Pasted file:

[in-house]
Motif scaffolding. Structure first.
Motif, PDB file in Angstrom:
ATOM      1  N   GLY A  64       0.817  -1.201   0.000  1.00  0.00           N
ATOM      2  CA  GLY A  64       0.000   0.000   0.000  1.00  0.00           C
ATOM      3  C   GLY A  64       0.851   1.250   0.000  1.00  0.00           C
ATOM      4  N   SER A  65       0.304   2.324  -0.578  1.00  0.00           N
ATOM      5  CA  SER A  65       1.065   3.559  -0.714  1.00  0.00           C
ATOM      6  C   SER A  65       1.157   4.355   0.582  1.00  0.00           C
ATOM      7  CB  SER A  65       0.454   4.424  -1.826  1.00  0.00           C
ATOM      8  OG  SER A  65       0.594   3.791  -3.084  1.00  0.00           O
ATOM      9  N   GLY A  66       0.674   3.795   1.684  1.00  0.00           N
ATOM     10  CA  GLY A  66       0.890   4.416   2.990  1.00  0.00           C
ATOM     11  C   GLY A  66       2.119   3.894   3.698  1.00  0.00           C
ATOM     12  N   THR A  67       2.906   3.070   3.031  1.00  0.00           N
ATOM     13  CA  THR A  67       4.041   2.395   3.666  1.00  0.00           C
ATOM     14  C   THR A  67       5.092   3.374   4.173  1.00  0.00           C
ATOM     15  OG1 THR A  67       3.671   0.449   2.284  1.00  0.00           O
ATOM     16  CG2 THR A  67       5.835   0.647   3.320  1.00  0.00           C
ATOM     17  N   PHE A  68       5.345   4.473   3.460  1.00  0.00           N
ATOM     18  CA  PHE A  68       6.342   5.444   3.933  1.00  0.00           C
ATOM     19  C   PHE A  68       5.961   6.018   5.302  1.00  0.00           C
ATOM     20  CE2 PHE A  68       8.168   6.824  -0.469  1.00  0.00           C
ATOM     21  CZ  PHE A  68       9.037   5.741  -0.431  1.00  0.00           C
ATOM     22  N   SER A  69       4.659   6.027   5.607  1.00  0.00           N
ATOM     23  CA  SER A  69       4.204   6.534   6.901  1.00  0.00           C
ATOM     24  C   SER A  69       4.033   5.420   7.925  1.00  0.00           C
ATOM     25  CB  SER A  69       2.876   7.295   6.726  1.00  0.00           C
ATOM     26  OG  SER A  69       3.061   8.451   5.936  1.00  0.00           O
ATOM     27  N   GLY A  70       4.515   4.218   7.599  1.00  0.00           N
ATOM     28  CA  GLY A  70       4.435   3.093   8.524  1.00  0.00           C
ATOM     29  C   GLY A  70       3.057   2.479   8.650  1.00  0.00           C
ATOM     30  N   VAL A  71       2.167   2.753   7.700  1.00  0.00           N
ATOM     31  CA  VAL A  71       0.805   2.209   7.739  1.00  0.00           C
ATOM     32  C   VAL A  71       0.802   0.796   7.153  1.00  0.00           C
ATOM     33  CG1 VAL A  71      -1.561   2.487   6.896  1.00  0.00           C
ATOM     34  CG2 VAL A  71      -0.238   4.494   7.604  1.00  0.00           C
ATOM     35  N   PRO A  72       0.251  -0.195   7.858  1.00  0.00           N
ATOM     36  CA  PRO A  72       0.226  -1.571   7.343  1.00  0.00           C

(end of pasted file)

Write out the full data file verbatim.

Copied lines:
[in-house]
Motif scaffolding. Structure first.
Motif, PDB file in Angstrom:
ATOM      1  N   GLY A  64       0.817  -1.201   0.000  1.00  0.00           N
ATOM      2  CA  GLY A  64       0.000   0.000   0.000  1.00  0.00           C
ATOM      3  C   GLY A  64       0.851   1.250   0.000  1.00  0.00           C
ATOM      4  N   SER A  65       0.304   2.324  -0.578  1.00  0.00           N
ATOM      5  CA  SER A  65       1.065   3.559  -0.714  1.00  0.00           C
ATOM      6  C   SER A  65       1.157   4.355   0.582  1.00  0.00           C
ATOM      7  CB  SER A  65       0.454   4.424  -1.826  1.00  0.00           C
ATOM      8  OG  SER A  65       0.594   3.791  -3.084  1.00  0.00           O
ATOM      9  N   GLY A  66       0.674   3.795   1.684  1.00  0.00           N
ATOM     10  CA  GLY A  66       0.890   4.416   2.990  1.00  0.00           C
ATOM     11  C   GLY A  66       2.119   3.894   3.698  1.00  0.00           C
ATOM     12  N   THR A  67       2.906   3.070   3.031  1.00  0.00           N
ATOM     13  CA  THR A  67       4.041   2.395   3.666  1.00  0.00           C
ATOM     14  C   THR A  67       5.092   3.374   4.173  1.00  0.00           C
ATOM     15  OG1 THR A  67       3.671   0.449   2.284  1.00  0.00           O
ATOM     16  CG2 THR A  67       5.835   0.647   3.320  1.00  0.00           C
ATOM     17  N   PHE A  68       5.345   4.473   3.460  1.00  0.00           N
ATOM     18  CA  PHE A  68       6.342   5.444   3.933  1.00  0.00           C
ATOM     19  C   PHE A  68       5.961   6.018   5.302  1.00  0.00           C
ATOM     20  CE2 PHE A  68       8.168   6.824  -0.469  1.00  0.00           C
ATOM     21  CZ  PHE A  68       9.037   5.741  -0.431  1.00  0.00           C
ATOM     22  N   SER A  69       4.659   6.027   5.607  1.00  0.00           N
ATOM     23  CA  SER A  69       4.204   6.534   6.901  1.00  0.00           C
ATOM     24  C   SER A  69       4.033   5.420   7.925  1.00  0.00           C
ATOM     25  CB  SER A  69       2.876   7.295   6.726  1.00  0.00           C
ATOM     26  OG  SER A  69       3.061   8.451   5.936  1.00  0.00           O
ATOM     27  N   GLY A  70       4.515   4.218   7.599  1.00  0.00           N
ATOM     28  CA  GLY A  70       4.435   3.093   8.524  1.00  0.00           C
ATOM     29  C   GLY A  70       3.057   2.479   8.650  1.00  0.00           C
ATOM     30  N   VAL A  71       2.167   2.753   7.700  1.00  0.00           N
ATOM     31  CA  VAL A  71       0.805   2.209   7.739  1.00  0.00           C
ATOM     32  C   VAL A  71       0.802   0.796   7.153  1.00  0.00           C
ATOM     33  CG1 VAL A  71      -1.561   2.487   6.896  1.00  0.00           C
ATOM     34  CG2 VAL A  71      -0.238   4.494   7.604  1.00  0.00           C
ATOM     35  N   PRO A  72       0.251  -0.195   7.858  1.00  0.00           N
ATOM     36  CA  PRO A  72       0.226  -1.571   7.343  1.00  0.00           C